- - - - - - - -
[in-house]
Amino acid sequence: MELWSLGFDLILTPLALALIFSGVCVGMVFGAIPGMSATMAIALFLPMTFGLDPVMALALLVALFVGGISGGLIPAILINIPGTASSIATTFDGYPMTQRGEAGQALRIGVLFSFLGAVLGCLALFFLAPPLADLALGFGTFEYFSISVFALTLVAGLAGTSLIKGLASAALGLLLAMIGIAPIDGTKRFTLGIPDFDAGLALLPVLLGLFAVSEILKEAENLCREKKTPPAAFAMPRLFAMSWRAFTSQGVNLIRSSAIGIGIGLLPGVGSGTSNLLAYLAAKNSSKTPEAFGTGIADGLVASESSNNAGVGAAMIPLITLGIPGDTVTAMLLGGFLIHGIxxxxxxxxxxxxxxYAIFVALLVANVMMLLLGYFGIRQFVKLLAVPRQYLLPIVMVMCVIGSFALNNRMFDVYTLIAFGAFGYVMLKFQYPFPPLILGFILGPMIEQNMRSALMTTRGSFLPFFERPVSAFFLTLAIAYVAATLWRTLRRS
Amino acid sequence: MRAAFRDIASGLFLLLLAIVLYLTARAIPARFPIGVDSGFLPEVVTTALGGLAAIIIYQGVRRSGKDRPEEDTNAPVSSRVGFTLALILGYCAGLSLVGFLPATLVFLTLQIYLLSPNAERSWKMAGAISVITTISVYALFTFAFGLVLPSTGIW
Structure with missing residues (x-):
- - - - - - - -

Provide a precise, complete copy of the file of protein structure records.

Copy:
[in-house]
Amino acid sequence: MELWSLGFDLILTPLALALIFSGVCVGMVFGAIPGMSATMAIALFLPMTFGLDPVMALALLVALFVGGISGGLIPAILINIPGTASSIATTFDGYPMTQRGEAGQALRIGVLFSFLGAVLGCLALFFLAPPLADLALGFGTFEYFSISVFALTLVAGLAGTSLIKGLASAALGLLLAMIGIAPIDGTKRFTLGIPDFDAGLALLPVLLGLFAVSEILKEAENLCREKKTPPAAFAMPRLFAMSWRAFTSQGVNLIRSSAIGIGIGLLPGVGSGTSNLLAYLAAKNSSKTPEAFGTGIADGLVASESSNNAGVGAAMIPLITLGIPGDTVTAMLLGGFLIHGIxxxxxxxxxxxxxxYAIFVALLVANVMMLLLGYFGIRQFVKLLAVPRQYLLPIVMVMCVIGSFALNNRMFDVYTLIAFGAFGYVMLKFQYPFPPLILGFILGPMIEQNMRSALMTTRGSFLPFFERPVSAFFLTLAIAYVAATLWRTLRRS
Amino acid sequence: MRAAFRDIASGLFLLLLAIVLYLTARAIPARFPIGVDSGFLPEVVTTALGGLAAIIIYQGVRRSGKDRPEEDTNAPVSSRVGFTLALILGYCAGLSLVGFLPATLVFLTLQIYLLSPNAERSWKMAGAISVITTISVYALFTFAFGLVLPSTGIW
Structure with missing residues (x-):